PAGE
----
Outdoor teams too hot to handle?

Raven Conatser, Reporter

 Bastrop’s football, band, golf and color guard teams have recently been challenged by the hot Texas weather during practices and games. In the month of August, the temperature has seen highs above 100 degrees for all but three days. Heat is causing teams to lose their motivation due to fatigue as well as causing dehydration. “I’ve seen a lot of times where it makes us all like really tired, that we kind of want to quit because it’s so hot.” said Fowler.

 Like Football, many teams practice long and rigorous hours outdoors to be acclimated to the heat during games situations. teams like football practice most outdoors, practicing long and hard hours on the field. This year, students are more tired, more than usual because the excessive 100-degree weather looming almost every day since summer.

“Sometimes I don’t like it, but in the end I like being in band,” sophomore band member Lauren Fowler said.

While many students feel too tired to go on, coaches have been working overtime at being supportive and keeping students hydrated and safe. In band, members are given mandatory water breaks during practices and during the sunniest part of the day, shade breaks to cool down.  

“Football has tons of pads they have to put on. I feel like they would just die in the heat,” freshman Color Guard member Aja Haywood stated. While football seems to generate the most sympathy, each outdoor group comes with other challenges like asphalt and thick full coverage uniforms.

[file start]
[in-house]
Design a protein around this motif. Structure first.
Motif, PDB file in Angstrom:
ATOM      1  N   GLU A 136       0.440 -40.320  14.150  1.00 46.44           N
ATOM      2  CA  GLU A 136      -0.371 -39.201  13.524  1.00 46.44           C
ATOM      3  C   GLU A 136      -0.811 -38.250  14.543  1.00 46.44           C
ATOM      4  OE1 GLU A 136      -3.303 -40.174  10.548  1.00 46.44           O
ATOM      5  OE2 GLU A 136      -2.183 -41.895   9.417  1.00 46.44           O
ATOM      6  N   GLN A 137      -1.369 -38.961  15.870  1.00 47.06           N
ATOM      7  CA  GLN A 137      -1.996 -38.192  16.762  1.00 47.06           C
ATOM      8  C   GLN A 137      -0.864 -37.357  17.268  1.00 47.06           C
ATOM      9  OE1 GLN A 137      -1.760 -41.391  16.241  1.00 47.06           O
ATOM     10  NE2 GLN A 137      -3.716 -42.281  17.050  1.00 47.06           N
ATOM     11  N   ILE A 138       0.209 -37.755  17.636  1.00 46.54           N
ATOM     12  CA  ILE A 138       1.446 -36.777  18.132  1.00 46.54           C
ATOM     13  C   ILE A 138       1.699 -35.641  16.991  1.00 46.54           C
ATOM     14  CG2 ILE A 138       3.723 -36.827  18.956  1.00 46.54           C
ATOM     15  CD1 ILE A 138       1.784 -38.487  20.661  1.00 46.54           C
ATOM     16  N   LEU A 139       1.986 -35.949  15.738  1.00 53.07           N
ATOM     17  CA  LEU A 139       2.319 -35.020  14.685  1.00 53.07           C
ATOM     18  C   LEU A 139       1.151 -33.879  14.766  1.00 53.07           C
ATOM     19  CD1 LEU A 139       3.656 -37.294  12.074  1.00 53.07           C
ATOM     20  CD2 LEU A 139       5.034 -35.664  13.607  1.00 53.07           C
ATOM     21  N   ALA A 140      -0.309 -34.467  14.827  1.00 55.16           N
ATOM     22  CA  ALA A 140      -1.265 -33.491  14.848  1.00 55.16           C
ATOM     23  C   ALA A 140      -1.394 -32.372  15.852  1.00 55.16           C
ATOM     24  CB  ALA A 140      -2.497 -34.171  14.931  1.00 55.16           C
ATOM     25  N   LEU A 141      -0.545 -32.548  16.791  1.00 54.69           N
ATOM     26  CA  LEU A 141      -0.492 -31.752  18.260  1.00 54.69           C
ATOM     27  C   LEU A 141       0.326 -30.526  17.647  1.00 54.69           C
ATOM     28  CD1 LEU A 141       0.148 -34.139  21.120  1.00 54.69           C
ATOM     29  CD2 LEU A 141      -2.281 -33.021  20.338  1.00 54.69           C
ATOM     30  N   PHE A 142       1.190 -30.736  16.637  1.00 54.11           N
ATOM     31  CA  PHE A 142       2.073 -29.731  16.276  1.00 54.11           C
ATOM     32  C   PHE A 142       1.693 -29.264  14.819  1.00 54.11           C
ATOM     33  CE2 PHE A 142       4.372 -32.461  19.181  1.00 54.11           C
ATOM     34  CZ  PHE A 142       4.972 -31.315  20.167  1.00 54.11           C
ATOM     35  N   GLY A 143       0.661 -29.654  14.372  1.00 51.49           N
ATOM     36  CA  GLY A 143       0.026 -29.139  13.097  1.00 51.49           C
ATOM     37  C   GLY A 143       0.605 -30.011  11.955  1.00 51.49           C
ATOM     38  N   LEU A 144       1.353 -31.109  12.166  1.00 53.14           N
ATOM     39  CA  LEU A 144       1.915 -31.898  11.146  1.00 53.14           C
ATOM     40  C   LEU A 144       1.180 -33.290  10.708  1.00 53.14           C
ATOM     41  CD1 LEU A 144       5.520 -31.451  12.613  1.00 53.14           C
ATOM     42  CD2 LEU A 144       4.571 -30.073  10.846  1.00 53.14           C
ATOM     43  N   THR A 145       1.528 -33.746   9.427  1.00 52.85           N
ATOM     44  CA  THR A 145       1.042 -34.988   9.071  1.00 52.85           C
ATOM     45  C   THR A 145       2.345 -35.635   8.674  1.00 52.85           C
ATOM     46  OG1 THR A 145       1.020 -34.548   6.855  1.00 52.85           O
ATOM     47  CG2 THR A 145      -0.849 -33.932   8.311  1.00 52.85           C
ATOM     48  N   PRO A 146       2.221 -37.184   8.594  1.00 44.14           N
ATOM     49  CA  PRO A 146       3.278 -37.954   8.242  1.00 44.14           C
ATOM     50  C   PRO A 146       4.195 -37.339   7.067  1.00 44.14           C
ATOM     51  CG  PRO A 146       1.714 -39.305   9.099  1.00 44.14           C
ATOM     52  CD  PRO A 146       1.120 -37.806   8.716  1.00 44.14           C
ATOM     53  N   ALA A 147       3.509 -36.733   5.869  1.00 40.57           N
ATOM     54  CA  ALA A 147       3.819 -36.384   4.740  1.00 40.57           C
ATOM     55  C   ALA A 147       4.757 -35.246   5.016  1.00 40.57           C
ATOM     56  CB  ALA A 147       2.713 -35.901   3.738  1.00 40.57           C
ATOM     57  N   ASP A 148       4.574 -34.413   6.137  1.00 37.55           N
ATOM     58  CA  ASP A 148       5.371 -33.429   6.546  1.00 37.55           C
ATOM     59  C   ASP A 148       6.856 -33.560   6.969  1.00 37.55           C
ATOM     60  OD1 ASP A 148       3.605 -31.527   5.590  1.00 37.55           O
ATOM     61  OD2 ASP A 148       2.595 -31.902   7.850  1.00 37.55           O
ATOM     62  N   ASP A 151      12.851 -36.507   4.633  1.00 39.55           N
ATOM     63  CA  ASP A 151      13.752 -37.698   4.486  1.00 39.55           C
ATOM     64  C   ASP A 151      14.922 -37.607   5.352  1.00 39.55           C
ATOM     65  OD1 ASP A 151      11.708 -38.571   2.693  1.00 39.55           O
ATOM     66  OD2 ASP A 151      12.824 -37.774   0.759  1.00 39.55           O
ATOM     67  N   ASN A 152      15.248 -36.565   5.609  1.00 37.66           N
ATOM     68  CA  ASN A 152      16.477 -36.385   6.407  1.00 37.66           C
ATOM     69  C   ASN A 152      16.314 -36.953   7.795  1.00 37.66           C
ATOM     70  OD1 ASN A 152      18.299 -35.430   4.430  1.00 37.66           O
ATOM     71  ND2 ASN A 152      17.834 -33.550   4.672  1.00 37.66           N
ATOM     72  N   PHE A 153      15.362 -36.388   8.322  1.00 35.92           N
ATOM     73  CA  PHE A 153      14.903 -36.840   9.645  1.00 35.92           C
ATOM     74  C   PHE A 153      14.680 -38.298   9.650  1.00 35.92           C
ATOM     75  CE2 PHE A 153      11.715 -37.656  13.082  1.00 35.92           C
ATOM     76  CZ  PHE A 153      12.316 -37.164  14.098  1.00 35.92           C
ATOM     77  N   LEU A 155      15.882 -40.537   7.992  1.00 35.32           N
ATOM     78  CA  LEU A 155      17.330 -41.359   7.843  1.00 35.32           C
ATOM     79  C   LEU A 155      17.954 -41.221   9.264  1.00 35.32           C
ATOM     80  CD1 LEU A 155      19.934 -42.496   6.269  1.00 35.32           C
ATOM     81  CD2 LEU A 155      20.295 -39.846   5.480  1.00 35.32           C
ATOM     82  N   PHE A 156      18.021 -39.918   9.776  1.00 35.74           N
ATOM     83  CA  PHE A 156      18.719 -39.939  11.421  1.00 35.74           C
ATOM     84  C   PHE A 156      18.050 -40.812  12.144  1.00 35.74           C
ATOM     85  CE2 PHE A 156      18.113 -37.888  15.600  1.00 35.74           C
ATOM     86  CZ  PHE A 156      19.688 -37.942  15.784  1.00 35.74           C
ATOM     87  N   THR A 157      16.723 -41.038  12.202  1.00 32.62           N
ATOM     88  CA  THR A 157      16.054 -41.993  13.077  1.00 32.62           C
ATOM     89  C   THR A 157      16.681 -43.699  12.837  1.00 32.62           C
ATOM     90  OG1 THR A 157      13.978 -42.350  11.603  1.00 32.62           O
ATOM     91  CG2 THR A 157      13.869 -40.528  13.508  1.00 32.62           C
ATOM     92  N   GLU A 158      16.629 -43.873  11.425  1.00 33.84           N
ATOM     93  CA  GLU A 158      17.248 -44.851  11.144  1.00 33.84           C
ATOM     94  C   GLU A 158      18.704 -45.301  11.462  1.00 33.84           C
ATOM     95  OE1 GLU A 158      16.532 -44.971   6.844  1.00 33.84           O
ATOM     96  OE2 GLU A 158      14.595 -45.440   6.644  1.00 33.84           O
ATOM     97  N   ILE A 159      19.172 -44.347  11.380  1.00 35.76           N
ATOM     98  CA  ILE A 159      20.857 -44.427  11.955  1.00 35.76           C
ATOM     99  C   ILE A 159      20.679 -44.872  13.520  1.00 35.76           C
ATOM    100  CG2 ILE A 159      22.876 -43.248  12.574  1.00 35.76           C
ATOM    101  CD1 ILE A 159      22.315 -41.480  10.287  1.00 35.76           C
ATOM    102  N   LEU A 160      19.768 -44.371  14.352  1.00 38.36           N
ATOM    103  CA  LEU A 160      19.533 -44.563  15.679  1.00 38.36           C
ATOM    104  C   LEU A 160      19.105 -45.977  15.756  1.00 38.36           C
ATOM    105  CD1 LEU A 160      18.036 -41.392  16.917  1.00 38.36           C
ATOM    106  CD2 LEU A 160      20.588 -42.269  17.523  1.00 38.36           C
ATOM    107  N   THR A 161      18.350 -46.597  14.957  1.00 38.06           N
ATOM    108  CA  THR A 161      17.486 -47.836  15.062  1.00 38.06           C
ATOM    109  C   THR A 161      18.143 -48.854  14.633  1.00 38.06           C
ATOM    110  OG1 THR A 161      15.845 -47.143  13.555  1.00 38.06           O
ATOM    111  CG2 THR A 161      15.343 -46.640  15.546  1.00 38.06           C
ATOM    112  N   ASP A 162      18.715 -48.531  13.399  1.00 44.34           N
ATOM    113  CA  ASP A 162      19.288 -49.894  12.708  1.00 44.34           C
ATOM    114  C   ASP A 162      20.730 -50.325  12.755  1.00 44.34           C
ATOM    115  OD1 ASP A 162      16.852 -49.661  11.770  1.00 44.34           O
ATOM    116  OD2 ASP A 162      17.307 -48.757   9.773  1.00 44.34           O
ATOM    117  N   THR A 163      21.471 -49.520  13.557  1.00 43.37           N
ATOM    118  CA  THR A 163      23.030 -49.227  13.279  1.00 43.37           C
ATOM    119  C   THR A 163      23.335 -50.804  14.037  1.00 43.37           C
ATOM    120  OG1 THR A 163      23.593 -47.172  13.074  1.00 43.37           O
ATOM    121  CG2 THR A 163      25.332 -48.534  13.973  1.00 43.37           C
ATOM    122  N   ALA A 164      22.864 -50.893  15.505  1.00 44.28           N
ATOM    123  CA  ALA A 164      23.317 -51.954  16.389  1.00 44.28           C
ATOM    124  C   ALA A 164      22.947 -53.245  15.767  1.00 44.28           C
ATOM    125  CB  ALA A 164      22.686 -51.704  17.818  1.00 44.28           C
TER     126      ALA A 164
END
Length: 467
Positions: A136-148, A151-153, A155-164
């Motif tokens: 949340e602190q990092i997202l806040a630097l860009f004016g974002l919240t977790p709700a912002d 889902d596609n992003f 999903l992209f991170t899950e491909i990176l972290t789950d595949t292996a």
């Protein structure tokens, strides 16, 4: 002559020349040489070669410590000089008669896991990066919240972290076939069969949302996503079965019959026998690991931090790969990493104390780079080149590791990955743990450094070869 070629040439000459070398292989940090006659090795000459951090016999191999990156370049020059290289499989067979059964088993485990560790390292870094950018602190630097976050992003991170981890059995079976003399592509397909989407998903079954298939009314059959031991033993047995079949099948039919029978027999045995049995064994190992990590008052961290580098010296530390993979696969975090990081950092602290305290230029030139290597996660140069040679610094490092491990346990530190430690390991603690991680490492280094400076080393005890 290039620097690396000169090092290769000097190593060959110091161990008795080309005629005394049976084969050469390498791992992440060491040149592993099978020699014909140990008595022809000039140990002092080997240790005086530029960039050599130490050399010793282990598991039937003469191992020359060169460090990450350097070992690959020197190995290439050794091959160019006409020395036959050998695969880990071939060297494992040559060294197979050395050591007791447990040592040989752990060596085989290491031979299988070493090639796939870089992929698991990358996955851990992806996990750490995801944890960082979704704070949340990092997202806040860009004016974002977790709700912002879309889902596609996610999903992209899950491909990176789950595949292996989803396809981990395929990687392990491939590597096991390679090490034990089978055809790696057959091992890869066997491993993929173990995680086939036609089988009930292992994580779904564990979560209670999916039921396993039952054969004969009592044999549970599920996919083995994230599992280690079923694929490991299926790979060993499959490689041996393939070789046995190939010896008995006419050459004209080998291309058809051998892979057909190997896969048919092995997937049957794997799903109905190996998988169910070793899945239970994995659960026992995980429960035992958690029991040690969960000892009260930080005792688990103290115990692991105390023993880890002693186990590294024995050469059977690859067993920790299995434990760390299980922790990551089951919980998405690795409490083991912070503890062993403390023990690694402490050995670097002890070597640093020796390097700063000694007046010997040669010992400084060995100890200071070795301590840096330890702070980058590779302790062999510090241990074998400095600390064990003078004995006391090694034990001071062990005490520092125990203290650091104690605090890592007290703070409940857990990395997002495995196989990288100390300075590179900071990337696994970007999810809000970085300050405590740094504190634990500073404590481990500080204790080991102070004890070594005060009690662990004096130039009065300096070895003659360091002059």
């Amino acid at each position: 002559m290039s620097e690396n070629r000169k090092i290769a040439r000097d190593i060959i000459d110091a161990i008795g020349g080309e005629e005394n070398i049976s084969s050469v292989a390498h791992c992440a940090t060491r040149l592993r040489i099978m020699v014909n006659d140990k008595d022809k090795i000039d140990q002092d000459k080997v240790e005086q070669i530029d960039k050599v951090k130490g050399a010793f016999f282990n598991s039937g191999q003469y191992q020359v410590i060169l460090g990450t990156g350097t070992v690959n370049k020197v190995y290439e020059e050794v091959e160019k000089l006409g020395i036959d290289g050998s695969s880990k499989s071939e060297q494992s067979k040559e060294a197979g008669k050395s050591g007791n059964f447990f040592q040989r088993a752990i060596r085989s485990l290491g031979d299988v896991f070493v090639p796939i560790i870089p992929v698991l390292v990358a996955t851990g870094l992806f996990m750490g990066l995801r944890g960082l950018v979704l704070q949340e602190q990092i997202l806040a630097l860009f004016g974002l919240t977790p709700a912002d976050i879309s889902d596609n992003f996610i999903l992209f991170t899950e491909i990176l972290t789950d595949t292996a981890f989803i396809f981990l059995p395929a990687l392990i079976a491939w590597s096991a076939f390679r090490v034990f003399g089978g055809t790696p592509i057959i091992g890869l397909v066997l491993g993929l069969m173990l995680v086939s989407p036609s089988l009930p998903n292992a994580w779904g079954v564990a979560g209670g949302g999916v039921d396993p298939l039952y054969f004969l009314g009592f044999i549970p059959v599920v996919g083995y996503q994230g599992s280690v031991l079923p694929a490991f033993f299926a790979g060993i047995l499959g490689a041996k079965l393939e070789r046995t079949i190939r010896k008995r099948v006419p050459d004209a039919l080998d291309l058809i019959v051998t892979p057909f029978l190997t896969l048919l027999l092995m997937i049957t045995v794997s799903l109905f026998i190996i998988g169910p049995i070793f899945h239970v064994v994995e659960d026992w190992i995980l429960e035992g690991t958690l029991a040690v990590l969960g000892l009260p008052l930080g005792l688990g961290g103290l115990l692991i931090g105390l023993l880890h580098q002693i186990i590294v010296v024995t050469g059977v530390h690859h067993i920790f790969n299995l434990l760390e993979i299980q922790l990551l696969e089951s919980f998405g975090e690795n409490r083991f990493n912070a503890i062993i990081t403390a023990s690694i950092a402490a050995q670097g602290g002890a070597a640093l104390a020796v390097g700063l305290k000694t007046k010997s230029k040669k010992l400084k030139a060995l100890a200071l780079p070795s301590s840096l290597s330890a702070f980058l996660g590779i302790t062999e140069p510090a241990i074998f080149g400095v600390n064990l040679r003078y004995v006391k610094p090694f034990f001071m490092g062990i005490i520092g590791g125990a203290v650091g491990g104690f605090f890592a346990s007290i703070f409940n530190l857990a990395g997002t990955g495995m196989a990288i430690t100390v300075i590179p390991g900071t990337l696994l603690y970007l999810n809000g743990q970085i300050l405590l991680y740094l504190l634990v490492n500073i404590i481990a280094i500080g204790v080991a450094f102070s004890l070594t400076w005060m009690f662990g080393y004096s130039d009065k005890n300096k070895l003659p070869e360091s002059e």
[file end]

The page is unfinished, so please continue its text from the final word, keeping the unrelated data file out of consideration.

“The hot weather really does affect how fast things move and how smoothly things move cause you kind of just want to relax.”

The main concern with the hot weather is that it will deter the students’ motivation to work their hardest. The students show that they would rather deal with the hot weather than give up on what they feel so passionately about.

“I think the heat can play a factor, mentally and physically. You know there are students that stand out. Like, a lot of guys came and worked out during the summer and I feel like those guys are excelling at a little more rapid pace than the other guys, but the other guys are defiantly coming along and they are getting acclimated as well,” said football and track coach John Ross. All you have to do is work hard to improve. “I think if you’re an athlete you have to take care of yourself and your body as well as you can. No dark sodas that would not keep you from getting dehydrated. Especially if the sport means something to you.”